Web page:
Remember the sabbath day, to keep it holy. Six days shalt thou labour, and do all thy work: But the seventh day is the sabbath of the LORD thy God: [in it] thou shalt not do any work, thou, nor thy son, nor thy daughter, thy manservant, nor thy maidservant, nor thy cattle, nor thy stranger that [is] within thy gates: For in six days the LORD made heaven and earth, the sea, and all that in them is, and rested the seventh day: wherefore the LORD blessed the sabbath day, and hallowed it. Exodus 20:8-11
For years, Sabbath keepers have been called legalists. But think about it. The Sabbath is not about works and legalism, it is about rest and faith. It is not a day of works, it is a day of no work. Several times over the years I have heard a non-Sabbath keeper talking about the ten commandments as though they are still valid, which of course they are. However when the Sabbath is mentioned that same person will turn around and with the same mouth say that the commandments are done away with. That’s funny. They weren’t done away with before the Sabbath was mentioned. The Sabbath is a pivotal part of the law because it introduces grace to the law instead of legalism. “Speak thou also unto the children of Israel, saying, Verily my sabbaths ye shall keep: for it [is] a sign between me and you throughout your generations; that [ye] may know that I [am] the LORD that doth sanctify you.” Exodus 31:13 It is not our works but God’s work that sanctifies us.
Satan does not want us to forget the Sabbath because he wants us to forget the law. Satan knows we are not saved by the works of the law but by grace. The Sabbath is a sign of God’s grace. We do no work on that day, demonstrating that it is not our works that sustain or save us but rather God’s work both at creation and the cross that sustain and save us. We rest on the Sabbath showing that we are resting our faith in the only One who can save us, Jesus Christ. I can imagine God walking with Adam and Eve through the garden, as He showed them all He had made for them, and the wonders of not their works but His works. Adam and Eve realized that day with God, “it is] he [that] hath made us, and not we ourselves.” (Psalms 100:3) Before and after the Cross the Sabbath is a sign that it is God’s work that creates and sustains us.
The Sabbath Commandment reminds us that God is our creator and we refrain from work and worldly activities on the Sabbath day as we rest our faith in God’s power to save and provide for us, instead of our own works and ability to do business and make money.
The same principle is seen in the story of Cain and Abel. In Genesis 4 we read about Abel worshiping the way God had commanded in bringing a lamb as a sacrifice. God accepted Abel’s sacrifice as the lamb God instructed him to bring pointed to Jesus: the Lamb of God who would be sacrificed for our sins. Abel, more than just worshiping as God had instructed was saying he trusted in Jesus to save him and not his own works, he was looking to the Cross. Cain’s sacrifice was refused because he did not worship the way God had instructed, and he brought his own fruit, the work of his own hands. God cannot accept our works and could not accept Cain’s works either. Only the Cross can save us.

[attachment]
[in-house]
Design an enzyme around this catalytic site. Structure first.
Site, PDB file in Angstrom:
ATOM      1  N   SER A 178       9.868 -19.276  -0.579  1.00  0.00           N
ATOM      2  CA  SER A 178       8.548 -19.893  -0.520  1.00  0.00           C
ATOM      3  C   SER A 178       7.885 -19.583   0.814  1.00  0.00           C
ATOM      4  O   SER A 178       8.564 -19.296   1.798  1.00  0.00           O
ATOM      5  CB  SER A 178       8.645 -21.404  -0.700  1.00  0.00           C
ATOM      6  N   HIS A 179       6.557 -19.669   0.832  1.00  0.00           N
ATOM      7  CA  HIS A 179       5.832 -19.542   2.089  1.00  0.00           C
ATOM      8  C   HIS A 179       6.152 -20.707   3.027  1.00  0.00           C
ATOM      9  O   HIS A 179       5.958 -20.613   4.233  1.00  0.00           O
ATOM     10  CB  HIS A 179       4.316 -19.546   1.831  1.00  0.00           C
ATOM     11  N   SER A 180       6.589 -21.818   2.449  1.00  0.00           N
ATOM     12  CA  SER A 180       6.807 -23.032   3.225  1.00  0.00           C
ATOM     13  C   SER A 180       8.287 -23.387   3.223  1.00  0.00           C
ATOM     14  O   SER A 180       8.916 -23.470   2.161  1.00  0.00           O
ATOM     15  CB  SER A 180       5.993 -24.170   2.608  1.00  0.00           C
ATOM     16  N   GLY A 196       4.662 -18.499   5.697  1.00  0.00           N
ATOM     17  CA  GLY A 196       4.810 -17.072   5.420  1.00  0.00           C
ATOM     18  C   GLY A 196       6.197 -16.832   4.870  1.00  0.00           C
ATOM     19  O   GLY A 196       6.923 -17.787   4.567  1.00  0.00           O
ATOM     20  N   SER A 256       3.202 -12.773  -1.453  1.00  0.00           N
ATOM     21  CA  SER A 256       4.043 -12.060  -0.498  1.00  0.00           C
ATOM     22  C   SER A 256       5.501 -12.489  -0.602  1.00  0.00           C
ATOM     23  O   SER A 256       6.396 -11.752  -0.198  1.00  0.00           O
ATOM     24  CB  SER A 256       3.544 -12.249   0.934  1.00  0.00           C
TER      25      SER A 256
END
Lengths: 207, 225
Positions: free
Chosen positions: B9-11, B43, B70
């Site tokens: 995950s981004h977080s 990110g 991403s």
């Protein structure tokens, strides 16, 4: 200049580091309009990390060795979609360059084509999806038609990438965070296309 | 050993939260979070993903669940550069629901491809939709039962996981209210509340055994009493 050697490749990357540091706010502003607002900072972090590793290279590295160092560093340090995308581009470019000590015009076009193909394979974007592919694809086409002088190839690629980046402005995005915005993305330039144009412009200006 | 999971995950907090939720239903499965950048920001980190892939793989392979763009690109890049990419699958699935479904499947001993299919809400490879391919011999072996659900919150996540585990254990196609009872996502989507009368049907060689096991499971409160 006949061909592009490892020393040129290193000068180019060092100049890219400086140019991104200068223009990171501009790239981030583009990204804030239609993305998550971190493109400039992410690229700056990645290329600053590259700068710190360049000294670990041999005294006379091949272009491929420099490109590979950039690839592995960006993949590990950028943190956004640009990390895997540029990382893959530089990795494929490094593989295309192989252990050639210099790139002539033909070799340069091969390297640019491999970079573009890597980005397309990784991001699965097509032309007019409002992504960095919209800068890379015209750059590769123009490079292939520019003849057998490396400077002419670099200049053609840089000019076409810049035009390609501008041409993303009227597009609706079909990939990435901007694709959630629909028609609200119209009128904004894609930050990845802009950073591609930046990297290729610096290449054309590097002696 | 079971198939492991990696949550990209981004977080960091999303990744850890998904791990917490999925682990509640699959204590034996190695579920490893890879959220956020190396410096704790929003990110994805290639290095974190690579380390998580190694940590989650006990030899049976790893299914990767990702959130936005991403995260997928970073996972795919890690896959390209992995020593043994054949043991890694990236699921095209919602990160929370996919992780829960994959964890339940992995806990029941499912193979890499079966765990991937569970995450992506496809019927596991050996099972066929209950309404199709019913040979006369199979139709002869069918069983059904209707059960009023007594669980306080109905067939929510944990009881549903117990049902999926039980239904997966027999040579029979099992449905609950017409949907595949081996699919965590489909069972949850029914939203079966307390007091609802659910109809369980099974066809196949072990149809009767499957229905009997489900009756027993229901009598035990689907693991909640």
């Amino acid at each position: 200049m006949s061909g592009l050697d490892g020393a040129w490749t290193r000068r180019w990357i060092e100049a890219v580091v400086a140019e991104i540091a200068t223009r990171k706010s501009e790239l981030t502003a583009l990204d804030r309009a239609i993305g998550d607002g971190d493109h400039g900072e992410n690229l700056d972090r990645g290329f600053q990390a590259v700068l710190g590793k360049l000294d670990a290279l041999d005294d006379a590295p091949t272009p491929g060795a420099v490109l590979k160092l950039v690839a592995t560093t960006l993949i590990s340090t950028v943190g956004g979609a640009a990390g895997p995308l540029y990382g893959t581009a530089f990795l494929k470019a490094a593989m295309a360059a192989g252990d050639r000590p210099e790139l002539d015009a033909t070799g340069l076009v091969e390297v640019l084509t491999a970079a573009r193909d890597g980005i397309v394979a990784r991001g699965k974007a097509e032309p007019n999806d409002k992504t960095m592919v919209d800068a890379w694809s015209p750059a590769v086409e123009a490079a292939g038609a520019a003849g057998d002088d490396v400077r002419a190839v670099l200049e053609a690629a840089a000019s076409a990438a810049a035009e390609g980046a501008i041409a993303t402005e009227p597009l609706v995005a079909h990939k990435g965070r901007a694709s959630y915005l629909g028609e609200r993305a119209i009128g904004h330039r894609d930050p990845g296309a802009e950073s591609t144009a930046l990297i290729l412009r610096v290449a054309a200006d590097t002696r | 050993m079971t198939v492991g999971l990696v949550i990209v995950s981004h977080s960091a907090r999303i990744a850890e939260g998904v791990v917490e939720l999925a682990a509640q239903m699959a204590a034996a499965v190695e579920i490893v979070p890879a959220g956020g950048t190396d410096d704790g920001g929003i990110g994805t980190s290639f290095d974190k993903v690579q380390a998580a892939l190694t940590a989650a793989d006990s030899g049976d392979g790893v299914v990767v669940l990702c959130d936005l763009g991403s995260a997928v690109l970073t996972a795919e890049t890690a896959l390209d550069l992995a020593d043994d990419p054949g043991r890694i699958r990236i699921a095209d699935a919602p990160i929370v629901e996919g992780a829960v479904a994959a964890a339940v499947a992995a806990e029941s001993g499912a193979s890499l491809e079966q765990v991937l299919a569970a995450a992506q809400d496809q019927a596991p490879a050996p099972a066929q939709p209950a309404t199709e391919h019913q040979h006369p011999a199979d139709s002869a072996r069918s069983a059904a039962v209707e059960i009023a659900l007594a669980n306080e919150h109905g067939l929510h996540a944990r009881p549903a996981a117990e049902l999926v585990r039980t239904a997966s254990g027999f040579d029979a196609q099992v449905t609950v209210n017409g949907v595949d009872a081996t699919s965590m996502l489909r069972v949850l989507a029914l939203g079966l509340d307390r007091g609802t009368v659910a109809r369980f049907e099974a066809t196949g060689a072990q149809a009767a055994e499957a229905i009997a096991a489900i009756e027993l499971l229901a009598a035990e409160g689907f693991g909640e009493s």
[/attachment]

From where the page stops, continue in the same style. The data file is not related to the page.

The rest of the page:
Today, many people like Cain, try to be saved by worshiping their own way. Jesus says about them, “But in vain they do worship me, teaching [for] doctrines the commandments of men” (Matthew 15:9). Our own works and man made ways of worship will never save us.
The story goes of a little boy years ago who had built his own wooden sailboat. Tied to a string he set the boat out to sail in a nearby creek and then would use the string to reel it back in. One day the string broke and the little boat fell victim to the rapids and sailed away. Several days later the boy is window shopping downtown when he sees his boat in a toy store window. He goes inside and tells the owner, “That’s my boat in the window.” The owner of the store not sure if he should believe the young lad tells the boy he will have to purchase the boat if he wants it back.
The boy does several chores around the home and neighborhood to get the few dollars the boat costs. He returns to the store and purchases his own boat. Walking home, holding his boat close to his chest he was over heard saying, “little boat you are twice mine. First I made you, and then I bought you.” That is what Jesus is telling us through the Sabbath today. As we rest from our works on the Sabbath and put our faith in Him, He tells us, “You are twice mine. First, at creation I made you, and then at the cross I bought you.”
For further study on the Sabbath click here.